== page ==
Reuters reports that New York Attorney General Andrew Cuomo said the accord calls for the tax preparer to refund $11.4 million to $19.4 million of fees to customers nationwide who opened one of its Express IRAs. H&R Block will also pay $750,000 in fines and other costs to the state, and convert Express IRAs into new retirement accounts that do not charge fees.
Jan 04, 2010 --- H&R Block Inc will pay as much as $20.2 million to settle a New York lawsuit accusing it of fraudulently marketing individual retirement accounts (IRAs) that charged hidden fees. ---
Cuomo said the size of the refund depends on the number of claims made, according to Reuters.
In addition, H&R Block settled private class-action lawsuits based on the same allegations which were pending in the federal court in Kansas City, Missouri, where the company is based.
New York had accused H&R Block of steering more than 600,000 customers to Express IRAs, without disclosing hidden fees that wiped out the interest that 85% of them could earn. Eliot Spitzer, Cuomo's predecessor, filed the lawsuit in March 2006.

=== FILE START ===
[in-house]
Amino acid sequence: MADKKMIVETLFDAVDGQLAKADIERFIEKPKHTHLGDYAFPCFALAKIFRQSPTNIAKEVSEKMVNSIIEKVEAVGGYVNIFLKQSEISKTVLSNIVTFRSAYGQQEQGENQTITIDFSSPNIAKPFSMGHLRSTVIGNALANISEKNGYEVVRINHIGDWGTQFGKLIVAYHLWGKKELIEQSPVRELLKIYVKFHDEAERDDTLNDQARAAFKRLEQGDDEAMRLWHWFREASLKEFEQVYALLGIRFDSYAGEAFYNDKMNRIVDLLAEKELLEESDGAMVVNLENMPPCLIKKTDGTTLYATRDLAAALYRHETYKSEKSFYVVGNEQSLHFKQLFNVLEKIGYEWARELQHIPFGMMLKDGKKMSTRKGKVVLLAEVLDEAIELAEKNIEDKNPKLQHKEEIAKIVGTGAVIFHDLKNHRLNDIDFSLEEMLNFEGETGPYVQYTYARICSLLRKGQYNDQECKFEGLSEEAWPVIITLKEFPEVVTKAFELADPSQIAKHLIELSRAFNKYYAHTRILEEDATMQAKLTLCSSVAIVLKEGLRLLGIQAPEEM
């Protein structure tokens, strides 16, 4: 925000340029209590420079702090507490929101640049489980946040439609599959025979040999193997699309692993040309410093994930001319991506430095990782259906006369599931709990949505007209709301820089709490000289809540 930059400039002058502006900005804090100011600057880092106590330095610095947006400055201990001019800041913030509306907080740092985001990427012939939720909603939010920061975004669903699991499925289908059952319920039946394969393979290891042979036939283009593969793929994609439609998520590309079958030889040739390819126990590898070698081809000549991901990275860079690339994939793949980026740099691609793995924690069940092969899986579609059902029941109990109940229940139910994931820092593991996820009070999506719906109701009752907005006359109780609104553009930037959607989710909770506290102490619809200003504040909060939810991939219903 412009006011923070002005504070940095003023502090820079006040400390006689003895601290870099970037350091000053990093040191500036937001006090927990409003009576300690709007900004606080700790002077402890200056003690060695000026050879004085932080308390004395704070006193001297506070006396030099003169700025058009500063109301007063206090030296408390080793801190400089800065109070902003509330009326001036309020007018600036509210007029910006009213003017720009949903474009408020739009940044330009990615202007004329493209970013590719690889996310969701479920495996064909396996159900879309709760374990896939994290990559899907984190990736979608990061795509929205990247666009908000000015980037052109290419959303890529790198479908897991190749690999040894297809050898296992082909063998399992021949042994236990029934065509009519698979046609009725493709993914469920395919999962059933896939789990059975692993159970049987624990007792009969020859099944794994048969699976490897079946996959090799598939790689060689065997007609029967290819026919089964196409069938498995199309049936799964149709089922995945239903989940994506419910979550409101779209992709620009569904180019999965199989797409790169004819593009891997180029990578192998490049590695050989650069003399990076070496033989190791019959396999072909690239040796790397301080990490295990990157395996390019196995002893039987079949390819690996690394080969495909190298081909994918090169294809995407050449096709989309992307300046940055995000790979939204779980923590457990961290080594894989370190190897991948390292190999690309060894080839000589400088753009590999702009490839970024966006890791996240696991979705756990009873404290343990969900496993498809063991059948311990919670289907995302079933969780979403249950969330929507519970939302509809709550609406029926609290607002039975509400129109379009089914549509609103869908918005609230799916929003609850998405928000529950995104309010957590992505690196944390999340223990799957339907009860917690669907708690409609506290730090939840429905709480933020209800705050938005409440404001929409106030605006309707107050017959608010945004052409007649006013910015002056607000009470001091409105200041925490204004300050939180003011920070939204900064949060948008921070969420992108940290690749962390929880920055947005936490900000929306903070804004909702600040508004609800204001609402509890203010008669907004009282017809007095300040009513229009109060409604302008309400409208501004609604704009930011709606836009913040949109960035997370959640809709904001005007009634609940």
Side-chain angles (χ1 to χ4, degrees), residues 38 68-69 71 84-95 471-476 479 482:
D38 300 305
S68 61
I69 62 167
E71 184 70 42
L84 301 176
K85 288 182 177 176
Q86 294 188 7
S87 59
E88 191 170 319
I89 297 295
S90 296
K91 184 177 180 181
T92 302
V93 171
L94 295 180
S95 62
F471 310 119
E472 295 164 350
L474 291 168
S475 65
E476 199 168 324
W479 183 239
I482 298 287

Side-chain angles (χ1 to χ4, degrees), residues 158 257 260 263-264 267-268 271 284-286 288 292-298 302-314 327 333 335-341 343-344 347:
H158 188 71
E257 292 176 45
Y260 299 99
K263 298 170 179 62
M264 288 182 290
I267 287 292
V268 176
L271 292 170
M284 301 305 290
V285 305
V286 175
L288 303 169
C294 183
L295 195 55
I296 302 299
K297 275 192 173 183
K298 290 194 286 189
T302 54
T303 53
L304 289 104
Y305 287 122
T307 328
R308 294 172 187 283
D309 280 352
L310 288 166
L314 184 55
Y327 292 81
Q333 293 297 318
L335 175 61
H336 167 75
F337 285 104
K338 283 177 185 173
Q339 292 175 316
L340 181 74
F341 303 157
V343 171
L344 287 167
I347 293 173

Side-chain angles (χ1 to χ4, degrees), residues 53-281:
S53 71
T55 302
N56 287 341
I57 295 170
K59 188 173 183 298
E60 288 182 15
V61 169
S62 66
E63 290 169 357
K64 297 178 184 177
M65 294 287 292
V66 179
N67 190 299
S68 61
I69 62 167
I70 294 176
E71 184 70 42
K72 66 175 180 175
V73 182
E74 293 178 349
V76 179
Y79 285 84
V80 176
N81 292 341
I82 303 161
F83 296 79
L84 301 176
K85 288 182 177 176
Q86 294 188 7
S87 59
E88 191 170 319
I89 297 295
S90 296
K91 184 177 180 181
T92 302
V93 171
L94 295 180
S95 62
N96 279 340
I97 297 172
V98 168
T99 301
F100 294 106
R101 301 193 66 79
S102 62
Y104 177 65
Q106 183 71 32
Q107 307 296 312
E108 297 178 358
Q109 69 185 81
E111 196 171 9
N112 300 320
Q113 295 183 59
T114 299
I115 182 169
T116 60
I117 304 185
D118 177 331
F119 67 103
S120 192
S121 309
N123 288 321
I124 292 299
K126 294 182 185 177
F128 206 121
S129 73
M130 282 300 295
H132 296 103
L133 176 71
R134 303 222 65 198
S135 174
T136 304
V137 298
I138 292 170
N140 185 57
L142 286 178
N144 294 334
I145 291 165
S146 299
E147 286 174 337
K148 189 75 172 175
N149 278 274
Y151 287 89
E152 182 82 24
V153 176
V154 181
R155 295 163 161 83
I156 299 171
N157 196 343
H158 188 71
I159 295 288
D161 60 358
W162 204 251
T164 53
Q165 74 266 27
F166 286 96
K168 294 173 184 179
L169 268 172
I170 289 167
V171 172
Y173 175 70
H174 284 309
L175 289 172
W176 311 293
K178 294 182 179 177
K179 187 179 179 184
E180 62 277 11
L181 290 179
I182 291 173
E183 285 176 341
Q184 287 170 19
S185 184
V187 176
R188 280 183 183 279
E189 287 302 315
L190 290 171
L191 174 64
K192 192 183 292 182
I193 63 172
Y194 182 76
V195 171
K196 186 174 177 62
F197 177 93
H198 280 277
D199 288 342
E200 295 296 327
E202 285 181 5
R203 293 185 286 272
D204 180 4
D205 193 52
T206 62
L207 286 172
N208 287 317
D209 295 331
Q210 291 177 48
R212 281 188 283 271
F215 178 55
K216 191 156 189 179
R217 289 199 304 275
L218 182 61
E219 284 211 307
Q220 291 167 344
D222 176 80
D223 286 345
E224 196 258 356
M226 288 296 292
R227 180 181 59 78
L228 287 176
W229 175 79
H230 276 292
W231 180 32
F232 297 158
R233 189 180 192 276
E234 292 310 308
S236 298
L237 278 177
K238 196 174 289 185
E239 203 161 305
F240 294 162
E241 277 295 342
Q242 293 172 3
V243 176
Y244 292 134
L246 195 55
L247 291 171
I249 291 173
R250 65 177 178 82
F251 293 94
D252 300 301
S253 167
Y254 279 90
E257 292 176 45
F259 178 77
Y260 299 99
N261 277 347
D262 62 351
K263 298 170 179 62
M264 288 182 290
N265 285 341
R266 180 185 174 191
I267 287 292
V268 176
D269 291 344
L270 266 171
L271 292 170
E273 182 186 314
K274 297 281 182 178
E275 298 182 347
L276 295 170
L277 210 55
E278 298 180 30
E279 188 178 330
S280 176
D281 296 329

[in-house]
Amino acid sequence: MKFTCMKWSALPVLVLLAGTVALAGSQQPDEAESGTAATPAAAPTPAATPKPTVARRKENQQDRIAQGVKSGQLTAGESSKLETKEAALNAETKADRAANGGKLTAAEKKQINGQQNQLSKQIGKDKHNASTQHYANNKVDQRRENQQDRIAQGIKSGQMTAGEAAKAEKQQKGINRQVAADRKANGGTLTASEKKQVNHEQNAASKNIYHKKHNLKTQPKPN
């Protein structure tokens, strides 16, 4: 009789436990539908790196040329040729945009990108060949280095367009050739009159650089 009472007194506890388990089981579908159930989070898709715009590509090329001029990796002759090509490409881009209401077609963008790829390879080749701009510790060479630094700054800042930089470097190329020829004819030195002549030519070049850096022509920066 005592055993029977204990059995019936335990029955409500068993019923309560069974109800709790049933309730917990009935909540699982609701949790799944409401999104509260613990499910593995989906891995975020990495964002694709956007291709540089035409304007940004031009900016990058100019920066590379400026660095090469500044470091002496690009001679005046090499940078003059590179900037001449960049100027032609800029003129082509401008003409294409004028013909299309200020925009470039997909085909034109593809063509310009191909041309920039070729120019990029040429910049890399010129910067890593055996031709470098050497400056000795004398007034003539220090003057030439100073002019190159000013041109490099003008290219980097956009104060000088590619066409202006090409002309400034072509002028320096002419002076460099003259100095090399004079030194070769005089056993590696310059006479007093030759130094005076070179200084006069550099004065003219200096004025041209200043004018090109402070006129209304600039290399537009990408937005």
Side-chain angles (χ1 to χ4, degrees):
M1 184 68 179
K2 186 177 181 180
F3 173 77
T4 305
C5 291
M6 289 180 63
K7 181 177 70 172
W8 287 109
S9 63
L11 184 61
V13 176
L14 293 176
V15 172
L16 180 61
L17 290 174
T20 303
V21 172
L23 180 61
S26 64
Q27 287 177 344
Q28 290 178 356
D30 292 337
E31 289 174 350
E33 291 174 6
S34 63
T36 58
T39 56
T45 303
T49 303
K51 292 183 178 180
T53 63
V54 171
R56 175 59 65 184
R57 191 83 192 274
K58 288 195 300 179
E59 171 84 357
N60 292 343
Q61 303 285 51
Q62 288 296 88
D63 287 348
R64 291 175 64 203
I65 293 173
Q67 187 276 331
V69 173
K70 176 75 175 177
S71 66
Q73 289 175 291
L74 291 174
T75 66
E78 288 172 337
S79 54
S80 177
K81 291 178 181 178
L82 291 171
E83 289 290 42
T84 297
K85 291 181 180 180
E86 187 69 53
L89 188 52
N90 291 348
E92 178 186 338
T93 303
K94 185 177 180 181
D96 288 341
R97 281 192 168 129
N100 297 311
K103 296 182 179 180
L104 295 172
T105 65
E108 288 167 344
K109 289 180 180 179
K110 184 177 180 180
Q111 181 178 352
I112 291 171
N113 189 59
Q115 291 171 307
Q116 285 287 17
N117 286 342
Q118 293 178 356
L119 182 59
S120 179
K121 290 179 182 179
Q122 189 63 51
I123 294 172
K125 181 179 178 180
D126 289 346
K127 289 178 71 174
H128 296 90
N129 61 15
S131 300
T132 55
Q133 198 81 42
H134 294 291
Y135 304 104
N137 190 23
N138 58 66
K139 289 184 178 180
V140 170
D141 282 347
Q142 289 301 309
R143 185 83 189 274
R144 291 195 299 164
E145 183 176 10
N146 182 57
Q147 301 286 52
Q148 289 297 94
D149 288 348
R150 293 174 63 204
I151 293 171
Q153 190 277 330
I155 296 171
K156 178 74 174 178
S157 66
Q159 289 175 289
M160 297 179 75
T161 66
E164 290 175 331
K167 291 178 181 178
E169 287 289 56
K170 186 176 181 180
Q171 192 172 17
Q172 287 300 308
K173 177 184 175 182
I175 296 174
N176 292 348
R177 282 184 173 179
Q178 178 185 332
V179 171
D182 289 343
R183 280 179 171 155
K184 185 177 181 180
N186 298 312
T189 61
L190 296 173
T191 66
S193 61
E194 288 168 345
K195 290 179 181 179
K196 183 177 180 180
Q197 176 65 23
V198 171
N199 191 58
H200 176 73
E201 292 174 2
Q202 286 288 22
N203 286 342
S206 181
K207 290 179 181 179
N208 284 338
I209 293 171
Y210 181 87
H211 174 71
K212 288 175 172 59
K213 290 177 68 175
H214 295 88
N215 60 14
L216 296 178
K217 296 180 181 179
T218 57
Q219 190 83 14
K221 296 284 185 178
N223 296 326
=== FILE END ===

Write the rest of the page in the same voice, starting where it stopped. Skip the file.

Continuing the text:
Spitzer originally sought $250 million of civil penalties and other remedies. His lawsuit had said the median Express IRA account had a $323 balance, too low for investors to offset such charges as $10 annual maintenance fees, $15 set-up fees, $15 "re-contribution" fees, and $25 termination fees.
Gene King, an H&R Block spokesman, called the New York settlement "satisfactory for all parties," according to Reuters. He had no immediate comment on the class-action settlement.
Among the defendants in the New York case was H&R Block Financial Advisors Inc, which the company sold in 2008 to Ameriprise Financial Inc. Ameriprise did not return Reuters' call seeking comment.
The case is New York v. H&R Block Inc, New York State Supreme Court, No. 401110/2006.